Saturday, June 06, 2009

Tonight's Movie: Cafe Metropole (1937)

"Oh, what a tangled web we weave, when first we practice to deceive..."

This line certainly fits the complicated plotline of the very amusing CAFE METROPOLE, which stars Tyrone Power as a Princeton man forced to impersonate a Russian prince, Loretta Young as an American heiress, and Adolphe Menjou as an embezzling restaurateur.

It's impossible to concisely explain more without giving away too much of the movie, but suffice it to say that the film takes fans of classic romantic comedy on a great ride. The film has the added plus of two impossibly gorgeous leads, and Loretta in particular makes the most of her well-written role.

The script moves along at a sprightly pace and doesn't waste viewers' time with the kinds of romantic misunderstandings which would be all too easy to fall back on in a film of this type. The film feels quite original and is fun from start to finish.

The excellent supporting cast includes Charles Winninger as Loretta's father and Helen Westley, who has a ball as her maiden aunt. Leonid Kinskey turns up for a scene as a restaurant artist.

CAFE METROPOLE is one of five films costarring Power and Young, all released between 1936 and 1938. The other films are LADIES IN LOVE (1936), LOVE IS NEWS (1937), SECOND HONEYMOON (1937), and SUEZ (1938). Reviews of LOVE IS NEWS and SECOND HONEYMOON can be found at the end of this post.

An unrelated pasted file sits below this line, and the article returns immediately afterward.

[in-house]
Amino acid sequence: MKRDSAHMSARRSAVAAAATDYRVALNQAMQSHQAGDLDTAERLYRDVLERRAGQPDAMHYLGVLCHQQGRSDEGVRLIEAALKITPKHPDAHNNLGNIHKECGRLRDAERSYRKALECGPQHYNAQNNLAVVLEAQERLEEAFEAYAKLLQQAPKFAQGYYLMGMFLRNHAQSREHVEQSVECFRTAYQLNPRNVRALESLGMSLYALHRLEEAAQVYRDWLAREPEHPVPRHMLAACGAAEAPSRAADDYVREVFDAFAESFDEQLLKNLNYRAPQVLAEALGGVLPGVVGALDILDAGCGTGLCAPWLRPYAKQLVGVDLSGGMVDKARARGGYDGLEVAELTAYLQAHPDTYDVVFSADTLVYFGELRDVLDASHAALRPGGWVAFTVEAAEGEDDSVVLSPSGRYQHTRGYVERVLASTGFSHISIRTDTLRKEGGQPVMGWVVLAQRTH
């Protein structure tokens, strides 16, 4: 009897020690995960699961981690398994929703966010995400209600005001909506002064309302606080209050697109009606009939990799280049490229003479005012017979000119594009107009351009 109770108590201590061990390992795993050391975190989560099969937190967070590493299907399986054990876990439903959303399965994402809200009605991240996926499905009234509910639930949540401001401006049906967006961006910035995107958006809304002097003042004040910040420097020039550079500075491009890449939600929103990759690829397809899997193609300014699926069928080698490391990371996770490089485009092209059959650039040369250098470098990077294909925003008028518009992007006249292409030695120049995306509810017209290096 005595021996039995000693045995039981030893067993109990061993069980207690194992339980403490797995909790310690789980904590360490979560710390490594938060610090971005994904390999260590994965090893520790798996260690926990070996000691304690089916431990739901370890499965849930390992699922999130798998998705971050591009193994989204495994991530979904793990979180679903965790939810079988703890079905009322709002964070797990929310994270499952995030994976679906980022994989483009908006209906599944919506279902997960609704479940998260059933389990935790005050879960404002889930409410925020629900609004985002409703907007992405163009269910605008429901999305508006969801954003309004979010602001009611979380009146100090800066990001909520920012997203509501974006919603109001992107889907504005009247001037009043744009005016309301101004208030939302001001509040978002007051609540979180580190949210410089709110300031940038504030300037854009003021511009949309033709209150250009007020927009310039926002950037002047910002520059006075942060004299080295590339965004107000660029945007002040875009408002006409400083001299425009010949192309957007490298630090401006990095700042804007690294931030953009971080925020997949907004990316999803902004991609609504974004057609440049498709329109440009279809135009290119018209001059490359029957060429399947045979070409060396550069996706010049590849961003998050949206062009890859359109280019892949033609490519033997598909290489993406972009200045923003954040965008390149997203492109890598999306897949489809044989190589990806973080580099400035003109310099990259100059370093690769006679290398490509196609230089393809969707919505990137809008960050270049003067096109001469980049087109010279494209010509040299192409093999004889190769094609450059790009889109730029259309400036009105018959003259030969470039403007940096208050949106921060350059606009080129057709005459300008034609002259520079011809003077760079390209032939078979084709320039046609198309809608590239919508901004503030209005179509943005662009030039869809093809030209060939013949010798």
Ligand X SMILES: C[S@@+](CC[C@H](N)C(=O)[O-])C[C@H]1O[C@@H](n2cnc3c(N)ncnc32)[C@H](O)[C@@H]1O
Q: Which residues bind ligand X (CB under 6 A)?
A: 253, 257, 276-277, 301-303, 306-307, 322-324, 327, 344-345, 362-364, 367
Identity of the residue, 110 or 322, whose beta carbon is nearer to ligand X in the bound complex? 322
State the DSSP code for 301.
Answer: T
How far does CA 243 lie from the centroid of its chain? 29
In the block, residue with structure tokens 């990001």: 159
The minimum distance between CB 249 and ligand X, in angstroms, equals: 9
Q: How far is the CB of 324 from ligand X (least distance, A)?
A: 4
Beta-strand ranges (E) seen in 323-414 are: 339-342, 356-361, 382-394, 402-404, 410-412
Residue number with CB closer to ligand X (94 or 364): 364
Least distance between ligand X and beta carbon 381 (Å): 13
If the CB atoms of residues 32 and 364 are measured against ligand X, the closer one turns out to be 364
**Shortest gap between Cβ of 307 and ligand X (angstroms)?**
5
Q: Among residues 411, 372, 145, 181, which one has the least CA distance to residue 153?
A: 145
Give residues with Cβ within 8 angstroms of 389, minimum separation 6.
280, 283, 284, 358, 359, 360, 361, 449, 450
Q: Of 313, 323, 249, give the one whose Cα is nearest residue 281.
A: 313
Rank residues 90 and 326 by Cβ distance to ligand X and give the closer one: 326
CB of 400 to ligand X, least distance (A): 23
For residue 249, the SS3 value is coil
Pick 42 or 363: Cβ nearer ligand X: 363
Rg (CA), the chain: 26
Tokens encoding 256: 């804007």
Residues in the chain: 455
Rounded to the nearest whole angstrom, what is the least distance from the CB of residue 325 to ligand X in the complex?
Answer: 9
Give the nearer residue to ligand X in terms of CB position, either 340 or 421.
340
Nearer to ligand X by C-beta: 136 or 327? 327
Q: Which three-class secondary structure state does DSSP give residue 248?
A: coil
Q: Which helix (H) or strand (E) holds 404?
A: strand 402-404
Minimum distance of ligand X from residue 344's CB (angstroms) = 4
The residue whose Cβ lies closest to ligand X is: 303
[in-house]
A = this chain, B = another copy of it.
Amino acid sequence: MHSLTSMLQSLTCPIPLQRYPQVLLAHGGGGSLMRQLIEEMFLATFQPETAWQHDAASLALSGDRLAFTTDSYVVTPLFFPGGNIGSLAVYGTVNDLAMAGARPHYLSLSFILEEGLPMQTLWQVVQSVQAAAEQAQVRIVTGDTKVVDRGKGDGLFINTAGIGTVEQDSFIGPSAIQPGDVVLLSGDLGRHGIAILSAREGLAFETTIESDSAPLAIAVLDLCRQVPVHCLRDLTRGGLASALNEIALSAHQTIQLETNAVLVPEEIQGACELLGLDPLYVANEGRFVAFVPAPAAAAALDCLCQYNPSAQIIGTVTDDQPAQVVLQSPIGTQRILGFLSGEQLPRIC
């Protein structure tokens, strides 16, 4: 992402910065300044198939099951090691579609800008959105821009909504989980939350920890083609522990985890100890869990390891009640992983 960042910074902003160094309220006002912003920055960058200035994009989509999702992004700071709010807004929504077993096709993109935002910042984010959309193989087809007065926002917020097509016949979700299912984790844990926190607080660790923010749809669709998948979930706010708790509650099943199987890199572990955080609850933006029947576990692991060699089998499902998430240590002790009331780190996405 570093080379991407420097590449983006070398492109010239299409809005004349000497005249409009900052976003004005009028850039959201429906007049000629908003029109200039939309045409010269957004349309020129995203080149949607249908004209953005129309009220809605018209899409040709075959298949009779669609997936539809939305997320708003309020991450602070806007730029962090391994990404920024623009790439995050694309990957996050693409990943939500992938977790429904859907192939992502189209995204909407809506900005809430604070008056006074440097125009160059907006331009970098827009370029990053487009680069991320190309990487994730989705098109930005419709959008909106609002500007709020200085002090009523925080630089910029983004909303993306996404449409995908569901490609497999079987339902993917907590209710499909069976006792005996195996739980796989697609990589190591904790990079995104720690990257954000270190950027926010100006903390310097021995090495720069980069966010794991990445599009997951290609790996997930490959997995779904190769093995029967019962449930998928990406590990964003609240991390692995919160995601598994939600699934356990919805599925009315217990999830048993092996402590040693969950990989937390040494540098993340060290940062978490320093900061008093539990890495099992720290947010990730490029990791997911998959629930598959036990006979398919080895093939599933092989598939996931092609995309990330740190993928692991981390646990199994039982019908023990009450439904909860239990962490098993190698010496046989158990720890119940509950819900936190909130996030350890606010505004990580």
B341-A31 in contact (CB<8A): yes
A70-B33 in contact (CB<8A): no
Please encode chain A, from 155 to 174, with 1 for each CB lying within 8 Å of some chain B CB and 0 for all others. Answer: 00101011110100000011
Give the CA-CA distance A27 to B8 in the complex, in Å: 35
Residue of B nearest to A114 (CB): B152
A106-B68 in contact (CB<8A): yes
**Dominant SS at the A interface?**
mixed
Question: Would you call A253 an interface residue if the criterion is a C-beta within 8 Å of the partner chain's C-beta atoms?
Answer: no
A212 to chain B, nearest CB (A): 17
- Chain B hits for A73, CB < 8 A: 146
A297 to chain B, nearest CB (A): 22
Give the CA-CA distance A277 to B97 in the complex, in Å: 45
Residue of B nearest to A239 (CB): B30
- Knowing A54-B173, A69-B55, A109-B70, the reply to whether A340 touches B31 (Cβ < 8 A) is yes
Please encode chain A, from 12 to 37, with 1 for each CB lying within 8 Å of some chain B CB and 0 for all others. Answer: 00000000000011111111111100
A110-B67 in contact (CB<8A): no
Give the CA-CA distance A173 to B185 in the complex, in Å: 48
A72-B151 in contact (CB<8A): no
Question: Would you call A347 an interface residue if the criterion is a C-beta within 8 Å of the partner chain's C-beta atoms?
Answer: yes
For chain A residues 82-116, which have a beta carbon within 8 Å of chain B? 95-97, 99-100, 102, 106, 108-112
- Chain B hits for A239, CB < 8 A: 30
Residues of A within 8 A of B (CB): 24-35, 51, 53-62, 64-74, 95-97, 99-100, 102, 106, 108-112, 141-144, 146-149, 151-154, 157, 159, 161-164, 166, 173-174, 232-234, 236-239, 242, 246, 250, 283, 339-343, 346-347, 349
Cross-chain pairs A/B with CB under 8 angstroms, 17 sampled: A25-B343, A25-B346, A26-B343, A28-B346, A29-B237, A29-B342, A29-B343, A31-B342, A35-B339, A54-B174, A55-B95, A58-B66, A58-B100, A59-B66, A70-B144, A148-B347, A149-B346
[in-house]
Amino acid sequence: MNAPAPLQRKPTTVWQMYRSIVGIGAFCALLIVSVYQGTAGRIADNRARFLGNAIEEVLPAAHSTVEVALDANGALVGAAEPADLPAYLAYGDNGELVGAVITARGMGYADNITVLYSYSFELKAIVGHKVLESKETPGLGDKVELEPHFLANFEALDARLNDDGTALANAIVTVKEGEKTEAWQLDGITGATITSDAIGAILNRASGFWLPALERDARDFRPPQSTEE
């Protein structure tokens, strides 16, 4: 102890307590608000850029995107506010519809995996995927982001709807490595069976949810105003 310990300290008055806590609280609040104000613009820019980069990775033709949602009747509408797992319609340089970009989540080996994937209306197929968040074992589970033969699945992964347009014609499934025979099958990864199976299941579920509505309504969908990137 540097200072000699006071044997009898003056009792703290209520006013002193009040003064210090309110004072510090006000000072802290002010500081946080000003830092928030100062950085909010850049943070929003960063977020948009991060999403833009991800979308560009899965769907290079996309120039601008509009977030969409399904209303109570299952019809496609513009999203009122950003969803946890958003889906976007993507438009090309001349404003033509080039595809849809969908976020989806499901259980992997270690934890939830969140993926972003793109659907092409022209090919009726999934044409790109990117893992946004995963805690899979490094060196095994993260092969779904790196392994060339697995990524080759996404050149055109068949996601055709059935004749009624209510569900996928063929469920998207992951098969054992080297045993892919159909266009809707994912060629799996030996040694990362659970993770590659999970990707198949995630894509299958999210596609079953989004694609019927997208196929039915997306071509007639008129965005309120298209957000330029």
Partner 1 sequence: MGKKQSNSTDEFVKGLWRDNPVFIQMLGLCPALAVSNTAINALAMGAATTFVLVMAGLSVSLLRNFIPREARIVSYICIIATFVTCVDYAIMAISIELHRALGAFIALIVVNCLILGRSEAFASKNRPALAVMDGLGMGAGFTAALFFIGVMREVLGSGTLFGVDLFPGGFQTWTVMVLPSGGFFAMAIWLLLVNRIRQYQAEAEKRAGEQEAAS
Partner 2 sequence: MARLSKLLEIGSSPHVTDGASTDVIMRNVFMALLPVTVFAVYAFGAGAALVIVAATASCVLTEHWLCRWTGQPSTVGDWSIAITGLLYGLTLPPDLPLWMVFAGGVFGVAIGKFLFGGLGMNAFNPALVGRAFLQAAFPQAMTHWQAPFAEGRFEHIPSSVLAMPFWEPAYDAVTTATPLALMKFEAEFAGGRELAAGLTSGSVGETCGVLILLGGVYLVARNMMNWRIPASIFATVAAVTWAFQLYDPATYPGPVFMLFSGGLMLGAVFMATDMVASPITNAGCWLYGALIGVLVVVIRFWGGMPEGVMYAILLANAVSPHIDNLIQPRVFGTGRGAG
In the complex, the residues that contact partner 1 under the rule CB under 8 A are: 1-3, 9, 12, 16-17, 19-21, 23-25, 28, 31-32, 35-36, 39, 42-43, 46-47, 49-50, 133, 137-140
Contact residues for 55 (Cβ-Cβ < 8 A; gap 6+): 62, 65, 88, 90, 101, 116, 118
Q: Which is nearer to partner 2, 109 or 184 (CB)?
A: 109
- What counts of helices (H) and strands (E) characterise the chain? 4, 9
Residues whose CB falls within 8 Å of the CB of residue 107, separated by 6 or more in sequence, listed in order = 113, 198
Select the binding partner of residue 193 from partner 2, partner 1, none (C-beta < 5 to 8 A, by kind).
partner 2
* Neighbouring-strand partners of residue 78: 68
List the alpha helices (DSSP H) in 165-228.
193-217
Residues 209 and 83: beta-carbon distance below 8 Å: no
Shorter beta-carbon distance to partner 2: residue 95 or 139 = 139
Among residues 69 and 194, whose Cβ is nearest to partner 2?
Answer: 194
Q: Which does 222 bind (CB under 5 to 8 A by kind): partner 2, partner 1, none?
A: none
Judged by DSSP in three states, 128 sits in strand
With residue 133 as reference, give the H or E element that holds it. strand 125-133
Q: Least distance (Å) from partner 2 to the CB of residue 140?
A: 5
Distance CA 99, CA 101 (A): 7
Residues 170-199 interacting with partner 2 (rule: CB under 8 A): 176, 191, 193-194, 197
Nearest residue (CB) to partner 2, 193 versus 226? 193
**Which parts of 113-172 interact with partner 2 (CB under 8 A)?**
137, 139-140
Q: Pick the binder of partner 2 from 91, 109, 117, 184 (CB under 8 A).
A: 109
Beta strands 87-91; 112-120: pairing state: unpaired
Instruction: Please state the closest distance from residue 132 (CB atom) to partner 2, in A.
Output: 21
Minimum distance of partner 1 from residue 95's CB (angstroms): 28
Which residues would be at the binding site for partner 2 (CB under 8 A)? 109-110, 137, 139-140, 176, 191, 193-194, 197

The film was directed by Edward H. Griffith, and Jacques Deval's witty screenplay is based on a story by actor-director Gregory Ratoff, who also plays Paul.

The movie was shot in black and white and runs 83 minutes. It has excellent production values; the title set is beautifully designed, and Young's gowns by Royer are exceptionally lovely.

CAFE METROPOLE is available on DVD as part of the Tyrone Power Matinee Idol Collection. Extras include production stills and two deleted scenes with dances by Bill "Bojangles" Robinson. The first dance in particular is outstanding, but it's easy to understand why the scenes were cut, as they don't do anything to advance the storyline. It's terrific that they have been preserved and can now be shared with the public.

Reviews of other films in this boxed DVD set: GIRLS' DORMITORY (1936), LOVE IS NEWS (1937), SECOND HONEYMOON (1937), DAY-TIME WIFE (1939), THAT WONDERFUL URGE (1948), THE LUCK OF THE IRISH (1948), and I'LL NEVER FORGET YOU (1951).

I only have two films left to watch in this set and have enjoyed each and every title; CAFE METROPOLE is no exception. Highly recommended for fans of Power, Young, and '30s romantic comedies.


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